Heating of the base metal to a temperature between the A1 and A3 temperatures resulted in the formation of the intercritical HAZ (ICHAZ). This region has a martensite-ferrite structure (Fig. 8(e)). This implies that austenite formed during heating into the two phase region. The austenite then transformed to martensite during cooling. The brittle behaviour of the as-simulated ICHAZ may be attributed to the same type of mechanism responsible for the brittleness of the intercritically reheated CGHAZ (i.e. the development of stress concentrations within the ferrite surrounding the martensite, resulting in the initiation and propagation of the microcracks in the ferrite). PWHT again resulted in an increase in toughness (Fig. 4). The same principles which account for the increase in toughness of the intercritically reheated CGHAZ may be applied here. The fine substructure of the islands may also play an important role in obtaining a high impact resistance. No retained austenite was found in any of the simulated HAZ regions.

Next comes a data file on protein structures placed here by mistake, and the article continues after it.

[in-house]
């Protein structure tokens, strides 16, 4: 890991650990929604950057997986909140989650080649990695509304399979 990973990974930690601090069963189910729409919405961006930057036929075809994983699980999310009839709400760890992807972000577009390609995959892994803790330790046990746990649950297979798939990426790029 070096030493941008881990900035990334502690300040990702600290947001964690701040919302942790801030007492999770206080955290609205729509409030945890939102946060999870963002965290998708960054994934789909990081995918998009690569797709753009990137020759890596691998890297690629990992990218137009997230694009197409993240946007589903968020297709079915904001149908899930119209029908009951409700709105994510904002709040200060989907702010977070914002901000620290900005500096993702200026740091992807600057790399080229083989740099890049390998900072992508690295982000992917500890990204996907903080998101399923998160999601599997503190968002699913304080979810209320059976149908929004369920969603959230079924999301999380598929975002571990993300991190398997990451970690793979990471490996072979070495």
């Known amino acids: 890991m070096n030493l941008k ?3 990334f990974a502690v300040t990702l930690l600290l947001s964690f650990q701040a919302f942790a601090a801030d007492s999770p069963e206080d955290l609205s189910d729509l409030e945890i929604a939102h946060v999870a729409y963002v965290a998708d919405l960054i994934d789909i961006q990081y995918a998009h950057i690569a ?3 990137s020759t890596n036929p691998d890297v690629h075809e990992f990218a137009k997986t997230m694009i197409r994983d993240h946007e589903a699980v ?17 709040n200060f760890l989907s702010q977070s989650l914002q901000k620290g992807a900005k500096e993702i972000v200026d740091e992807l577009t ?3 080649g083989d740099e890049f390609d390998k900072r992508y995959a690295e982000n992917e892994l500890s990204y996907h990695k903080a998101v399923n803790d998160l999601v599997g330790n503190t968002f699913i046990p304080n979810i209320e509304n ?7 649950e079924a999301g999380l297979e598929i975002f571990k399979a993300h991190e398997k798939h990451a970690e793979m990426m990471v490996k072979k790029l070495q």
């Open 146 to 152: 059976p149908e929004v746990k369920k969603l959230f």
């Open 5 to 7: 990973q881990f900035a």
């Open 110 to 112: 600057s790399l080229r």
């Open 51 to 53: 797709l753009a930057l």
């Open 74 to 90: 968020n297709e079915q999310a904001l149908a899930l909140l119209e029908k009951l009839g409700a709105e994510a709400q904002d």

The high toughness of the as-welded HAZ (Fig. 2) obtained from welding at a low heat input, indicates two important aspects:

 

(a) Determining the effect of possible local brittle zones in the HAZ on the toughness of the welded joint is difficult, since crack propagation will be influenced by the fine grained HAZ or weld metal of the multi-pass weld, which usually has a high impact resistance.

(b) If a crack is initiated at a local brittle zone, it may be arrested in tougher regions of the weldment. The fact that double-bevel groove preparations generally are used on large structures and vessels, makes arresting of a crack in either the relatively tough base metal or weld metal highly possible. This ensures an inherent degree of safety of the weld joint.15